From an organisational perspective, Adel combines the best of both worlds:  regulatory, legal and ethical compliance, together with an innovative governance structure. Unlike the DAO or similar models (as explained in our previous article of this series), Adel is not governed by smart contracts. Day-to-day decision making maintains a “human element”, rather than computer code. Given the fact that smart contracts are still a concept yet to be proven resilient in the real world, this is a safer solution for the time being. 

The role of stakeholders in the Adel ecosystem will consist of collaborating on idea development, participation in business planning, and voting on new projects that emerge from the ecosystem. Through democratic voting, stakeholders will be able to influence which projects will be deployed. Because Adel will be community driven, stakeholders will have the opportunity to raise the necessary capital for projects. Once deployed, the stakeholder can then follow the project’s progress, or even get the opportunity to participate actively as an expert (Figure 1).

Traditional companies are mostly based on a structure where the board of directors oversees the officers of the company and ensures operations follow corporate mandates and legal procedures. Directors have, among other duties, a fiduciary duty to act in the corporation's best interest, as opposed to their own. These duties are in place to protect the shareholders' investments. Adel’s board of directors has documented a similar function.

The protection of intellectual property within the Adel ecosystem is not the same as in a traditional company, mainly due to its transparency. Social media and the internet has largely done away with the notion of secrecy anyway, as evidenced by WikiLeaks, government monitoring, and Facebook’s and Google’s ongoing correlation of user behaviour. Adel realises the difficulty of balancing transparency with confidentiality, and has stated their interest in withholding secret information that may be critical to a project’s success. This is mainly positioned to protect both stakeholders in the community and the rights of the projects’ authors (referred to as Innovators, in the Adel ecosystem).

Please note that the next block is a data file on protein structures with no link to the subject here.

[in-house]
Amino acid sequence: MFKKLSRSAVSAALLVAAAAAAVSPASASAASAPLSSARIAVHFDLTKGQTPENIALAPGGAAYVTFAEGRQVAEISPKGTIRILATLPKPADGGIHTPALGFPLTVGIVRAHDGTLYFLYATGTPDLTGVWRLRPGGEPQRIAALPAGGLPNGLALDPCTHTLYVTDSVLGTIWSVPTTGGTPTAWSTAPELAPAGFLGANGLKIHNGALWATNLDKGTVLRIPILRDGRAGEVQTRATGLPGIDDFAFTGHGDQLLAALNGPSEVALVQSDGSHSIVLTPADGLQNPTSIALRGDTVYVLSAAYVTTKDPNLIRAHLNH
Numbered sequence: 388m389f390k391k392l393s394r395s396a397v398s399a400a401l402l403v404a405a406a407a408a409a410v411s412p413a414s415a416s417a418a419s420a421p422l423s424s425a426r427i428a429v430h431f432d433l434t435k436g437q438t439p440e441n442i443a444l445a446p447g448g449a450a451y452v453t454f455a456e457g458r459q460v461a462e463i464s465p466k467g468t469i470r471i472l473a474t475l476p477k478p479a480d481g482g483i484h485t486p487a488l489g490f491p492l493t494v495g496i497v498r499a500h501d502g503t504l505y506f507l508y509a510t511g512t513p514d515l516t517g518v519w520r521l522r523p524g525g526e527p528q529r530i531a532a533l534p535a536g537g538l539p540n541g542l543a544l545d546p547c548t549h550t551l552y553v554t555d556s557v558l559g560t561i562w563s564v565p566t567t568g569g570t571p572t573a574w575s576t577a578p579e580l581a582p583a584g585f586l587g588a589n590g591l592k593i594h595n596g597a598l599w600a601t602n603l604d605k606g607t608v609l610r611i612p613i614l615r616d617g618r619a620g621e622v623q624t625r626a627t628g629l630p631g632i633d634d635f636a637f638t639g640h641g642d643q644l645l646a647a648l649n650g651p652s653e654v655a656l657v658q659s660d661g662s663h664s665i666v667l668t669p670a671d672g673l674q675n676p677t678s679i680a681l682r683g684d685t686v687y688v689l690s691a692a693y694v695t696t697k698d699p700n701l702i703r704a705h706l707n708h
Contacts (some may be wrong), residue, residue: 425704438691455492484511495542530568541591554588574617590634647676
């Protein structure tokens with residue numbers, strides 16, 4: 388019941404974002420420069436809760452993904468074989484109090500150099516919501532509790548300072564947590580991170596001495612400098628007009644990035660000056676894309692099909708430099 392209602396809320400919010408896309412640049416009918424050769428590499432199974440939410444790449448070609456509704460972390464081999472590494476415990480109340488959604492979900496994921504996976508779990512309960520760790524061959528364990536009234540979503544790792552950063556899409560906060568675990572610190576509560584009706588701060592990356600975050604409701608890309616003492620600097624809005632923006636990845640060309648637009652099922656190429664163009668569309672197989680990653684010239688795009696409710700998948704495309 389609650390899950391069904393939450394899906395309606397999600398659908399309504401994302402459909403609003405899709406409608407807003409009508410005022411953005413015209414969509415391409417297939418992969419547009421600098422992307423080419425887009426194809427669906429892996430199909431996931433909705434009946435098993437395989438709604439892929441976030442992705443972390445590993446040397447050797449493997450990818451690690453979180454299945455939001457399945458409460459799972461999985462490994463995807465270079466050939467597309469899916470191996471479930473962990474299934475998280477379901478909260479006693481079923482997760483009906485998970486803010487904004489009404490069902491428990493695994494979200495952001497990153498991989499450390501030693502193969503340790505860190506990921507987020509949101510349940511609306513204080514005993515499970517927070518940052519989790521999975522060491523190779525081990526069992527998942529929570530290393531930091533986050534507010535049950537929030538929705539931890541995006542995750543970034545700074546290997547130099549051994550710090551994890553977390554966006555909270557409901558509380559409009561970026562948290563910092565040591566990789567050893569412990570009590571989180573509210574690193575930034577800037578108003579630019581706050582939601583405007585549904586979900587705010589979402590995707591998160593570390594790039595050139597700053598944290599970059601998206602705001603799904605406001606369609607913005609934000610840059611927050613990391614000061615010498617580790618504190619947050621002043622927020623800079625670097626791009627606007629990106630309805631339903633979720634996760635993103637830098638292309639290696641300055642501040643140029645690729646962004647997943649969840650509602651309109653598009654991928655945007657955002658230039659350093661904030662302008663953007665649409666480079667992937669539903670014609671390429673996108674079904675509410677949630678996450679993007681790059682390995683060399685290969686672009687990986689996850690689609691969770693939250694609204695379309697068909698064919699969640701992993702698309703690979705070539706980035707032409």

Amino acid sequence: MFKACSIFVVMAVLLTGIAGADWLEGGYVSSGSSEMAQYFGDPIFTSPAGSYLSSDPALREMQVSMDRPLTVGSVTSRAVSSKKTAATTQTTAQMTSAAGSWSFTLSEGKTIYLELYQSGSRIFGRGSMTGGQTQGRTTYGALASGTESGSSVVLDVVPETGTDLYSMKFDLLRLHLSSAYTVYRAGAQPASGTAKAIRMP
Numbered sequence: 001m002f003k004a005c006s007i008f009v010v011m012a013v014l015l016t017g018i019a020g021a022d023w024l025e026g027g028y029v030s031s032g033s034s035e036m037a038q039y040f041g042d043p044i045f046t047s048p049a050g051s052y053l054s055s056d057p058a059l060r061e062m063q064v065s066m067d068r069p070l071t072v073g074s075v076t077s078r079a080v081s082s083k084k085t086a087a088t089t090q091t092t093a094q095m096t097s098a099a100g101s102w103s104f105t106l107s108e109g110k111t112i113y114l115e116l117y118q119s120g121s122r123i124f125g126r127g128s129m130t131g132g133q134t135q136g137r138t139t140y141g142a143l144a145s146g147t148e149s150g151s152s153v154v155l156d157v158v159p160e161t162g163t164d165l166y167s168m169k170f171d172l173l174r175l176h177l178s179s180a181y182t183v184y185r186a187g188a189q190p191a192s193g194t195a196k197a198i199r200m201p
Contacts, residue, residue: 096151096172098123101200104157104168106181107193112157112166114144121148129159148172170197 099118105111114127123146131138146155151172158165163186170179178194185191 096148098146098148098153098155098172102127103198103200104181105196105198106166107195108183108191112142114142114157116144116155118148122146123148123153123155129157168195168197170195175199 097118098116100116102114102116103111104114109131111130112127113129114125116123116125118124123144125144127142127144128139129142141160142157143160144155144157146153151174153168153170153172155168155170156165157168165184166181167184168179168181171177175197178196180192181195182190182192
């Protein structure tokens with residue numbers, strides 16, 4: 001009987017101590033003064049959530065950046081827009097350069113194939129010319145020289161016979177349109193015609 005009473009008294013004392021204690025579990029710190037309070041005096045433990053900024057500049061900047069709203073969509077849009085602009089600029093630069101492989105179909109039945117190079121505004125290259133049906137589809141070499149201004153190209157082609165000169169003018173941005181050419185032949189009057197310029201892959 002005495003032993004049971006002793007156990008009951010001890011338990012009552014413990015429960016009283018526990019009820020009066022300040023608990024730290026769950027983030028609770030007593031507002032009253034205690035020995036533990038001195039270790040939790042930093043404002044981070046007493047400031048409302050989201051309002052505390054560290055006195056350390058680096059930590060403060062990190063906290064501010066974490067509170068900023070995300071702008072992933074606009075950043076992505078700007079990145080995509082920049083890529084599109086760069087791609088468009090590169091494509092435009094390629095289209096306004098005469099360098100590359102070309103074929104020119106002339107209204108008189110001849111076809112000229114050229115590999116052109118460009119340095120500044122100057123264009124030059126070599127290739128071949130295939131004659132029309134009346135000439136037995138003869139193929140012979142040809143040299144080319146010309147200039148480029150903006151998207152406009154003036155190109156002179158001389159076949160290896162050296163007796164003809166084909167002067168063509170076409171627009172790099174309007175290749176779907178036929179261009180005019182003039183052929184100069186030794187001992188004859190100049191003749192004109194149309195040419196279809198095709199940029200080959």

The future

Whatever becomes of Adel’s final structure, it is important to emphasise that the world of cryptocurrencies and ICOs is still a Wild West when viewed from the perspective of traditional financial vehicles. It is strongly advised before taking part in any investment of such nature to do your due diligence on a given ICO and on the people running it. There are risks involved and the possibilities of being scammed are well documented.

There are also grey areas where regulators still need to catch up. Blockchain startups need to have a proper legal structure for an investor to fall back on in the case of trouble. However, the same reasons why this space is so risky also make it so attractive. Innovative projects are being created using untested structures and technologies, which may either evolve into something marvellous or won’t make it out of the starting gate. The choice is up to the investor whether to be a part of the blockchain movement, but informed decisions should always be made. Participants are given an opportunity to enter a playground of high innovation, clever minds, and the creation of cutting-edge projects that may positively change the world. To say you were a part of it from the beginning has its own prestige.

Dalibor Cerny, Finance Lawyer and Gabriel Dusil, Co-Founder and Board Member, Adel
Image source: Shutterstock/MaximP